What to Eat on your Summer Walks

24/07/17

By Nicky Jacquiery

In my last article I wrote about the importance of staying hydrated when out walking and the dangers associated with not drinking enough. Here I’m going to continue the theme of summer health and look at what to eat in order to stay healthy and get the most out of your walks over the summer months.

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If you’re lucky enough to have been out walking on one of the few hot days that we’ve had this summer, you’ll know how energy-sapping walking in the heat can be. Walking, especially a full day’s walk, requires fuel to supply our body with the energy it needs to keep us going. Add heat to the mix and walking suddenly feels much harder than it should. Just as when it’s cold you need to eat to maintain your energy and keep warm, likewise when it’s hot you need to eat to maintain your energy to keep cool. Walking on a hot day inevitably means that you’ll be exposed to direct heat, since you’re unlikely to find a route that is in the shade all day. If it’s a hilly and strenuous route, your body will have to work on overdrive to control its temperature and all that extra effort will make you feel lethargic. Also, don’t forget that tiredness is one of the main symptoms of dehydration, so it’s important to drink as well as eat enough.

Most of us are used to eating three meals a day, perhaps with snacks in between. If you intend to be out walking for a full day in the heat, it’s advisable to re-adjust your eating habits and eat little and often. Not only does this keep your energy levels topped up, but it also means that you can stop regularly. Unlike in winter when you probably won’t want to stop because of the risk of getting cold, use these breaks to your advantage and find a shaded spot to rest out of the sun and cool down.

Think about the length of your walk and the weight of your food. If you’re out for the day and you intend to cover a reasonable distance, you don’t want to be weighed down by too much heavy food. Opt for food that is relatively lightweight, will give you the energy you need and won’t go off in the heat. It’s a matter of personal preference as to which foods you choose, but ‘real food’ is best. By ‘real food’ I mean actual food, rather than energy gels. You’ll probably survive the day eating gels, but your body won’t thank you for it. As these tend to contain a lot of sugar, you’ll experience highs from the sugar rush that will give you short bursts of energy, followed by lows or energy slumps that will leave you feeling tired. Pack food that releases energy slowly which will keep you going throughout the day. You may want to carry some quick energy releasing foods as well, such as the odd bar or sweets, just in case you need something towards the end of the day to give you that extra oomph!

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The list of foods below gives you an idea of what I take with me. This is a good start on which to base your personal menu depending on your individual tastes. Clearly you’re not going to carry something that you don’t like to eat, even if it is recommended!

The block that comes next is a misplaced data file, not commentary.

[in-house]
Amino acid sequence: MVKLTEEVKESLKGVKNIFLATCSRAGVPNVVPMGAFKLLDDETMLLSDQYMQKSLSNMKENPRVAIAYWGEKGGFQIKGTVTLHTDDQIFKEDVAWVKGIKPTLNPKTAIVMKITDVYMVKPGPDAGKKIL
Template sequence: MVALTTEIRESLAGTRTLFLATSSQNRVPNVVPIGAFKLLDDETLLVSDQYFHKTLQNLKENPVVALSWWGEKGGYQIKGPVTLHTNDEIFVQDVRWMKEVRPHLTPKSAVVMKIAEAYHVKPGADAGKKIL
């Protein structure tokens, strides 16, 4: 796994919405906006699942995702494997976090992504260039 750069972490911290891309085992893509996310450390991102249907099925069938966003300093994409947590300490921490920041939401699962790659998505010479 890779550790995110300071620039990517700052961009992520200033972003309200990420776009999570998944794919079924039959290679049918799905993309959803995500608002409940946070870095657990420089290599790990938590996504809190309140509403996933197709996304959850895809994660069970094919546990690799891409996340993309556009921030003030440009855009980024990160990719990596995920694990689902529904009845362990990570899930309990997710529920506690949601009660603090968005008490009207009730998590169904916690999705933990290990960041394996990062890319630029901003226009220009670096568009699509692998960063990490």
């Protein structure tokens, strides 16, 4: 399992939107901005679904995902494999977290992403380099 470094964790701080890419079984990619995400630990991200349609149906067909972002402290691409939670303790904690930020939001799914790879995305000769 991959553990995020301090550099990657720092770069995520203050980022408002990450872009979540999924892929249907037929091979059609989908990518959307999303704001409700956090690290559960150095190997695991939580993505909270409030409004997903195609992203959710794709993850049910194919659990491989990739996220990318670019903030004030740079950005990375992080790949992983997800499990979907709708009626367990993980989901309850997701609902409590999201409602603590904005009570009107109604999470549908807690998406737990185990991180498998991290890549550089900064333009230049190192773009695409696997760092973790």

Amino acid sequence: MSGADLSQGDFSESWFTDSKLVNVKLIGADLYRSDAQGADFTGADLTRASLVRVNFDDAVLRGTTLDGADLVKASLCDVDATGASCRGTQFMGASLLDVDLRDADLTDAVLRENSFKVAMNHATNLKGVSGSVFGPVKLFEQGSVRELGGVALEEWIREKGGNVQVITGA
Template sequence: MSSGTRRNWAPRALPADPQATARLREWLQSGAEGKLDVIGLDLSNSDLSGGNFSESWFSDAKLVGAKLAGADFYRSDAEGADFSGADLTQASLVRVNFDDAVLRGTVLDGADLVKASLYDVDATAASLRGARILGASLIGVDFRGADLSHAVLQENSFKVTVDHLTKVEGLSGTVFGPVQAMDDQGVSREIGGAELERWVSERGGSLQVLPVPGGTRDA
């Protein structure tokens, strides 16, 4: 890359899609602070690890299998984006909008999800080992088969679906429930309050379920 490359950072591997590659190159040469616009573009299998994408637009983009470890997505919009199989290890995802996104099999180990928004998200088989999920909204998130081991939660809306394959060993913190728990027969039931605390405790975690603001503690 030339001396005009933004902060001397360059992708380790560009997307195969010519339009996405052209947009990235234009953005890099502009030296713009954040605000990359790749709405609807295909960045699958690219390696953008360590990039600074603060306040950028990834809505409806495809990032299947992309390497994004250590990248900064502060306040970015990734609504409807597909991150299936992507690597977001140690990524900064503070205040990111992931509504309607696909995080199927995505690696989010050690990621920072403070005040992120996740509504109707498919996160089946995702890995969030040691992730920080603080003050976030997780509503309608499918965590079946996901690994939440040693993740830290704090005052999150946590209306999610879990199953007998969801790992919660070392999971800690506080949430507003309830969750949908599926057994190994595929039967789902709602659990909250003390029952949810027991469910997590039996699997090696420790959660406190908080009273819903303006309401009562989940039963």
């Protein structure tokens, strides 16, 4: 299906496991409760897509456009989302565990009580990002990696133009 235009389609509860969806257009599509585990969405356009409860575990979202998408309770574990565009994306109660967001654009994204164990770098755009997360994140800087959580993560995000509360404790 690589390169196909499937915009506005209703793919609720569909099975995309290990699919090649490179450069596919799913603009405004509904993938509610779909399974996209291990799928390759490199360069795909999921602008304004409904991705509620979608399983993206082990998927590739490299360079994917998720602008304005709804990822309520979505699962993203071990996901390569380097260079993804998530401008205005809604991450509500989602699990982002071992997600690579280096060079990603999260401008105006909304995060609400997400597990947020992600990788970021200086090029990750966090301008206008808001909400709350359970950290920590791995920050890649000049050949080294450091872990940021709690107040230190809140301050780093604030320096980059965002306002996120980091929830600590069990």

• Some kind of trail mix that includes dried fruits. I make my own as this is much cheaper, and it means you can create a mix tailored to your preferences. I like a mixture of textures, as well as a combination of flavours that aren’t too sweet. My trail mix contains raisins, apricots, cranberries, toasted coconut flakes and different seeds such as pumpkin and sunflower seeds. Sometimes I put chocolate chips in as well, but if it’s hot then these can melt and create a sticky mess!
  • Although I like egg sandwiches, I don’t tend to take them if it’s really hot because of their tendency to go off in the heat. Besides, they can make you very unpopular with your fellow walkers because of the smell! I avoid salad when it’s hot because tomato and cucumber that contain water can make your sandwiches soggy. Humous and marmite are good options.
  • I know these are not the healthiest of foods, but if I’m out walking all day and expending lots of energy, I tell myself it’s okay! I enjoy crisps because of the salt, and as I don’t like nuts, a packet of crisps is the next best thing.
  • Cheese oatcakes. These contain a lot of energy, but can be quite dry, and some would say tasteless! I opt for the cheese ones when I’m walking as these contain more flavour. They’re ideal for those occasions when you can’t carry toppings for your oatcakes that easily. Sometimes I carry cheese slices, but again you need to think about how well these will keep in the heat. I know you can buy cheese in a tube, but personally I’m not that keen on it.
  • Hot cross buns or fruit bread. These are energy rich and satisfying.
  • Bananas contain potassium to help keep cramp at bay, but be careful how you pack them as they tend to bruise easily.
  • I like ‘9-Bars’ because of the mixture of seeds and fruit, but there are many different makes and varieties available.
  • Chocolate bars, especially caramel wafers. These don’t seem to melt as much when it’s hot and they’re nice and chewy!
  • I prefer hard-boiled sweets that I can suck slowly if I feel I need an energy boost. Jelly babies and wine gums seem to be other favourite choices.

Foods that contain a lot of water are a good idea to keep you hydrated and to help prevent cramp, for example fruit, and especially harder fruit that is more likely to survive being packed in your rucksack. You might also want to think about using a hydration bladder rather than a bottle. The handy tube means that you’re more likely to sip as you go along and consequently, you’ll drink more. I don’t normally carry a flask in summer, especially if it’s a really hot day, but I know people who do because they cannot survive without their tea or coffee fix!





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